Lions' run game, defense show marked improvement

Posted Dec. 27, 2010 @ 5:14 p.m.
Posted By Eric Edholm

The Lions have won three games in a row for the first time since 2007 and have won back to back on the road for the first time since '93, doing so with a backup and a third-string QB taking the snaps. In the three games prior to Sunday's win, the Lions had rushed for 505 yards, and the defense made big plays down the stretch of all three victories. Many believe that the future of the Lions belongs in the hands of QB Matthew Stafford and WR Calvin Johnson, but improved play in the run game and on defense have made the Lions a team to watch heading into next season.

The PFW Spin

When the Lions' record stood at 2-10, it was hard to look past that mark, standing out like an ugly blemish on an otherwise comely face. After all, the team featured a bevy of talented youngsters, including Stafford (who was hurt), Johnson, DT Ndamukong Suh, FS Louis Delmas, RB Jahvid Best, TE Brandon Pettigrew, MLB DeAndre Levy and others. But their inability to close out close games in one-score losses to Bears (twice), Eagles, Packers, Giants and Bills appeared to show that this young club was not ready for prime time.

One reason the Lions could not close out games was because of a leaky defense that was too lenient against the pass in the first half and not stout enough against the run in the second half. But that defense has risen to the challenge against two playoff-caliber teams in the Packers and Buccaneers and a Dolphins club that was in the race a few weeks ago. On Sunday, Levy made the game-clinching interception that he ran back for a score, a reminder of how good he could be and how much this defense missed him early in the season. Levy missed five games earlier in the season and the Lions have used five players at the "Mike" spot in 2010. He admitted he "cheated" the route on the pick-six, jumping out of his responsibility slightly to make the game-changing play, but it's an example of the kind of instincts he has to be a stalwart.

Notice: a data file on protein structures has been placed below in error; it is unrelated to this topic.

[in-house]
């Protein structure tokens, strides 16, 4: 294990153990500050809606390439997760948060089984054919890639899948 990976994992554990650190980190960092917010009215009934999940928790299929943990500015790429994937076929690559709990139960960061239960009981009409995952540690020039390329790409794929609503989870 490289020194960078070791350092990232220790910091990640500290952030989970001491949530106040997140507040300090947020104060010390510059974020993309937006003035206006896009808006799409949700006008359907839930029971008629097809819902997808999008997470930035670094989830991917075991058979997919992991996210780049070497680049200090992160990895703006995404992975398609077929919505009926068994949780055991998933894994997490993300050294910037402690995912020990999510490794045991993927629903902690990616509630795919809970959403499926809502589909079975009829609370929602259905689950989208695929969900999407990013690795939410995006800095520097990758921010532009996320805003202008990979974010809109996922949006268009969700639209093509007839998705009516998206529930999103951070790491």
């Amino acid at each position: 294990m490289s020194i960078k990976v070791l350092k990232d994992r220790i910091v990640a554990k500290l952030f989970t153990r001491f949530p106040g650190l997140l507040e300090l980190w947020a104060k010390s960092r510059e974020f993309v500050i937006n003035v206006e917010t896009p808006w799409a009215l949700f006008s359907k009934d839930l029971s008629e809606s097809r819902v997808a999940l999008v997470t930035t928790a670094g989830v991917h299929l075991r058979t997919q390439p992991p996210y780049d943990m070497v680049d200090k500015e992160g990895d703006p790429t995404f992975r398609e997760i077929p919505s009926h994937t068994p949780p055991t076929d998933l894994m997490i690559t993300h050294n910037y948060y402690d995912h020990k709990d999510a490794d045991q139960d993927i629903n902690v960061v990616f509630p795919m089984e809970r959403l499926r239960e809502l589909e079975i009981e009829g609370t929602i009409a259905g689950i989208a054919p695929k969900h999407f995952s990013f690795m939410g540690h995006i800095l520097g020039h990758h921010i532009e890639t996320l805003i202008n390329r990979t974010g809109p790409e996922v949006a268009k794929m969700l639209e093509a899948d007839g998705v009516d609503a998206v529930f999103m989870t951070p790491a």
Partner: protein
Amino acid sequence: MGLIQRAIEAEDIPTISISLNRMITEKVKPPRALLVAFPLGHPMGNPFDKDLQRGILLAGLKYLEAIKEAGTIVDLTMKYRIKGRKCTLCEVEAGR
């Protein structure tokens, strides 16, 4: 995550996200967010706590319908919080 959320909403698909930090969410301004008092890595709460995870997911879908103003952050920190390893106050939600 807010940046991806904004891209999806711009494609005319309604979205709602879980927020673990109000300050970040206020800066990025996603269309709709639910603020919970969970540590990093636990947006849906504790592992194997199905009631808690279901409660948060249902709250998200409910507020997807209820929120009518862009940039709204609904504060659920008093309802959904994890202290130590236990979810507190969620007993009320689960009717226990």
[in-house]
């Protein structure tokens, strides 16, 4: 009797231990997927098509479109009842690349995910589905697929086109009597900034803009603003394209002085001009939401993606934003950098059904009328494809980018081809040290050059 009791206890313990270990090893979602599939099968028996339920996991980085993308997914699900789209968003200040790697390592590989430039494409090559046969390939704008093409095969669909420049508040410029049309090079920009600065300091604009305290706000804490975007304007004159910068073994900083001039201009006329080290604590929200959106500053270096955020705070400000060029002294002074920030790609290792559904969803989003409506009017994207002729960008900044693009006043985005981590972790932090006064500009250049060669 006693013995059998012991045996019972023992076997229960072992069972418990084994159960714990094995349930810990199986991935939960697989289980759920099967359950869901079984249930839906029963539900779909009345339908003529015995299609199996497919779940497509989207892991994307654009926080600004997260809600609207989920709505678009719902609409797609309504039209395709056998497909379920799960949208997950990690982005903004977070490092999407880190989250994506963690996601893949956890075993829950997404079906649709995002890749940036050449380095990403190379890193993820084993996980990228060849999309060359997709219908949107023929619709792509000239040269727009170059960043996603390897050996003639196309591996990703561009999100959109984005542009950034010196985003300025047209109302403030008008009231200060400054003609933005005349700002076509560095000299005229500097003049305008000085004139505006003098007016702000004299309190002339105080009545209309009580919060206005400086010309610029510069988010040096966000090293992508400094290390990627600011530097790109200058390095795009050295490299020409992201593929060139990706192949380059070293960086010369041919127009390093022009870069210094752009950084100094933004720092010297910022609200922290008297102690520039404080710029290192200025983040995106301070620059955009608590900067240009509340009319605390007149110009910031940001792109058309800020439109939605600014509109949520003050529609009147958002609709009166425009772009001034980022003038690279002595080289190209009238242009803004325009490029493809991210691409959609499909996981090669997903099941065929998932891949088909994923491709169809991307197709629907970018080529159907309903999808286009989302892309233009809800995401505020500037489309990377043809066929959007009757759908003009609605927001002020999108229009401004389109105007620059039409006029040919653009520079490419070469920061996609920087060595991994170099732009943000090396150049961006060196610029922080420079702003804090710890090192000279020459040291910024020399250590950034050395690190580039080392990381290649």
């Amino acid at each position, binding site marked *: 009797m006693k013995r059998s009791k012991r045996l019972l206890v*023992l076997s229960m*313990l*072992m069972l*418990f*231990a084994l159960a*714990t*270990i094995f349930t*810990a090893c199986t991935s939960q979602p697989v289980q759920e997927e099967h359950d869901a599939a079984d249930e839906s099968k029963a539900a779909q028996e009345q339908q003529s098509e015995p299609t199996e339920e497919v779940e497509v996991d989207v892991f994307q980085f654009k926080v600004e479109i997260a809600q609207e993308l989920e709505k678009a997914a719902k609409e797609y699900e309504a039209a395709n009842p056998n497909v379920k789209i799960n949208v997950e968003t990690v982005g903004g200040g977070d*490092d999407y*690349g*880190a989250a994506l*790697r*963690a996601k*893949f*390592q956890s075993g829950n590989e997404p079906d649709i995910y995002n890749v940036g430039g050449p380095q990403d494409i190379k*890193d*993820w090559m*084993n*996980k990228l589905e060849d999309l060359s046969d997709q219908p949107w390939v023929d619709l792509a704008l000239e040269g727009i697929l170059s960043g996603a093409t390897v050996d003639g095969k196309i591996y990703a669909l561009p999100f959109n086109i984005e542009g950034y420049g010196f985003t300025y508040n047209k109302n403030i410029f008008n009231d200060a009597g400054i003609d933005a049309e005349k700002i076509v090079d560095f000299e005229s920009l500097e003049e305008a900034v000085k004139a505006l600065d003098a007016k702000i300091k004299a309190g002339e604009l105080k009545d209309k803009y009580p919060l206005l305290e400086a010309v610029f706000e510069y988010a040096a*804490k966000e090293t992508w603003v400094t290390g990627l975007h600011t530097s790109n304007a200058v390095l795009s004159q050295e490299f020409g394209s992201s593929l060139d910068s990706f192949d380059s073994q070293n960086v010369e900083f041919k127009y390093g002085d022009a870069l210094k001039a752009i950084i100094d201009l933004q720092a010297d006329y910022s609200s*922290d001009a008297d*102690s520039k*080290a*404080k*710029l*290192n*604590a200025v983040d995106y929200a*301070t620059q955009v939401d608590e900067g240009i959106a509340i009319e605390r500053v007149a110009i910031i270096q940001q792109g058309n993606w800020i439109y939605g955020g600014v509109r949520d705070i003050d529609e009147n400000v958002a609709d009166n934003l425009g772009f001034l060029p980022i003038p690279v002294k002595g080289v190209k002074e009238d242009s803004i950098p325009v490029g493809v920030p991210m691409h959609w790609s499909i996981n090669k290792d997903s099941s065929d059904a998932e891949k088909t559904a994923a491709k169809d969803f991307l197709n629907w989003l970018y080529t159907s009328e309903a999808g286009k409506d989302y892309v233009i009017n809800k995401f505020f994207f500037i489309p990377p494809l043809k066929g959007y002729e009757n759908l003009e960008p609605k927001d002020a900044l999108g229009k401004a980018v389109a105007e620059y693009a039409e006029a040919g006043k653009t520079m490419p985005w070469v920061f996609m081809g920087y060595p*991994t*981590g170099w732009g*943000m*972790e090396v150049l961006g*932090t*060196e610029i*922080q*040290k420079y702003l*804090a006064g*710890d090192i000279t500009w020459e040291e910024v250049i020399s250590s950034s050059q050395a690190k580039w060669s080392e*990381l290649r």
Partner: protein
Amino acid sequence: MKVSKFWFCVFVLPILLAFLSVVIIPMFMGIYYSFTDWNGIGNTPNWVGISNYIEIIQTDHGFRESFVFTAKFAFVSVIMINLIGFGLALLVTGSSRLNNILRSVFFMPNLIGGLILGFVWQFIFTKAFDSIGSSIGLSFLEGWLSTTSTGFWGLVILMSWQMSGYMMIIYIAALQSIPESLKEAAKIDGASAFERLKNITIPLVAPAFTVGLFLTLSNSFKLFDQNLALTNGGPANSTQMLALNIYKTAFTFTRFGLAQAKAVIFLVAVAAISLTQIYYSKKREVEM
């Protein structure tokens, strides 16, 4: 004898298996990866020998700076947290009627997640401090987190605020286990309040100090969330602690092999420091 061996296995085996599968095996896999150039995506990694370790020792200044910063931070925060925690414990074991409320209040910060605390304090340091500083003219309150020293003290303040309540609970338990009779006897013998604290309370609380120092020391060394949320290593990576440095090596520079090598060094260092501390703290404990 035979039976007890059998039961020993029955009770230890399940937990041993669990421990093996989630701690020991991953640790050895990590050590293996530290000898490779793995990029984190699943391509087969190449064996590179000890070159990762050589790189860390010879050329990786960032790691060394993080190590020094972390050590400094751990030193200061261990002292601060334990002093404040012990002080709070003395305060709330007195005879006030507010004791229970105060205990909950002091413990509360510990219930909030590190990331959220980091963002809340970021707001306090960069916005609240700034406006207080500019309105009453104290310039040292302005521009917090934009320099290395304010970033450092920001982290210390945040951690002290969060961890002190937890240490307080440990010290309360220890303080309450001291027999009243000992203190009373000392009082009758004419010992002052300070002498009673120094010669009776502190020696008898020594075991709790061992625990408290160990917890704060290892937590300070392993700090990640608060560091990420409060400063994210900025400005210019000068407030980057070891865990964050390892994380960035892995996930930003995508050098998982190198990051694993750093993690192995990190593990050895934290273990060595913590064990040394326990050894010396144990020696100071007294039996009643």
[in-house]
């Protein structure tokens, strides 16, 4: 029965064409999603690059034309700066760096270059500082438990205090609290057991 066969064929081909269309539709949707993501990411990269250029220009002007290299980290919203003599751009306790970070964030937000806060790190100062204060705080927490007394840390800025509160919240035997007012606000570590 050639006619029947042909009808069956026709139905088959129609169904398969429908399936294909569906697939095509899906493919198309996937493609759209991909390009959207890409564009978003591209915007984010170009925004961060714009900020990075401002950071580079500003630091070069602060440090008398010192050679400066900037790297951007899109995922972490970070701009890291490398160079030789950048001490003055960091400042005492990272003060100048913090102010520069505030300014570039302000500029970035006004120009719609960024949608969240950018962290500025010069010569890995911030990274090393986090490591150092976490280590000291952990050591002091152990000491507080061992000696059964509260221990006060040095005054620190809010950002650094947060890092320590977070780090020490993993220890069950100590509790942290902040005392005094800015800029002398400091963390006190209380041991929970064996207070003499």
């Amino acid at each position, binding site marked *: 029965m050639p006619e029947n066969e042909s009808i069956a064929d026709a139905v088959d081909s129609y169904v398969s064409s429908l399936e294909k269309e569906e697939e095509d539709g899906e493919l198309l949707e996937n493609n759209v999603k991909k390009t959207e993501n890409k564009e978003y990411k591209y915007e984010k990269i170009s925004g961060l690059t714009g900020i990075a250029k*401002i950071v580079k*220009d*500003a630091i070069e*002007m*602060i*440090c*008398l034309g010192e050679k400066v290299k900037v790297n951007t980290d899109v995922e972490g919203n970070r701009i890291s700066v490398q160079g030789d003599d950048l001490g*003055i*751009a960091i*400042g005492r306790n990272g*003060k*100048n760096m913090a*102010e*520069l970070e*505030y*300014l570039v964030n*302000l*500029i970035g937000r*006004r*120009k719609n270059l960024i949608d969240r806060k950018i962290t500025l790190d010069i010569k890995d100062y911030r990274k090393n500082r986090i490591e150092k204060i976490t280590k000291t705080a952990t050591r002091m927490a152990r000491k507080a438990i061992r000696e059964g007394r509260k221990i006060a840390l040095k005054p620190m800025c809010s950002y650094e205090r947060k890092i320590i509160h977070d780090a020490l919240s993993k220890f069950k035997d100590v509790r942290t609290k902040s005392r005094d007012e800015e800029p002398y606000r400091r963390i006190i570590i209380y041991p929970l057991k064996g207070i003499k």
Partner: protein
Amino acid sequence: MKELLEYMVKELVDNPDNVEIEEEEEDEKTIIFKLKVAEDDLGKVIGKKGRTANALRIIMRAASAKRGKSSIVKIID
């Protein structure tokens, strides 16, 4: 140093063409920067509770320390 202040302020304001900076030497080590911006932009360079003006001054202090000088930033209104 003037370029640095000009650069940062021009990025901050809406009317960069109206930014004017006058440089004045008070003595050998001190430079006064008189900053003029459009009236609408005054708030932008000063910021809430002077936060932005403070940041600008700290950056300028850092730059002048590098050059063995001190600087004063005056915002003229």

Another factor is the improved run game. The team drafted Best near the end of the first round and envisioned him as a full-time back, but he could end up being similar to what Reggie Bush means to the Saints. Case in point: Best was held to four yards per carry on his six rushes, but he took a short catch and raced 53 yards for a TD in Miami, exhibiting his blazing speed. In space, he's as dangerous as any player in the NFL, but he battled two turf toes this season with a heavier workload and had limited success banging into the pile. Finding 10-15 touches per game for Best might be where he's most effective. Pairing him with a physical back would be ideal; Maurice Morris has run hard in that role the past few weeks, and he's the style of back the Lions might look to use in a two- or three-headed attack in 2011.

The offensive line also deserves credit. They have finished their blocks better, worked cohesively and handled a few different styles of fronts in the past month with good success. One or two more additions to this group in the offseason could make the run game even better.

Head coach Jim Schwartz also pointed out an important aspect of synergy in the team's recent success, saying prior to the win over the Dolphins that the defense's better play has allowed the team to run the ball on offense more often and more effectively. The team too often has had to forgo the run when it is trailing, but playing better defense early in games has kept the offensive play-calling much more diverse and flexible.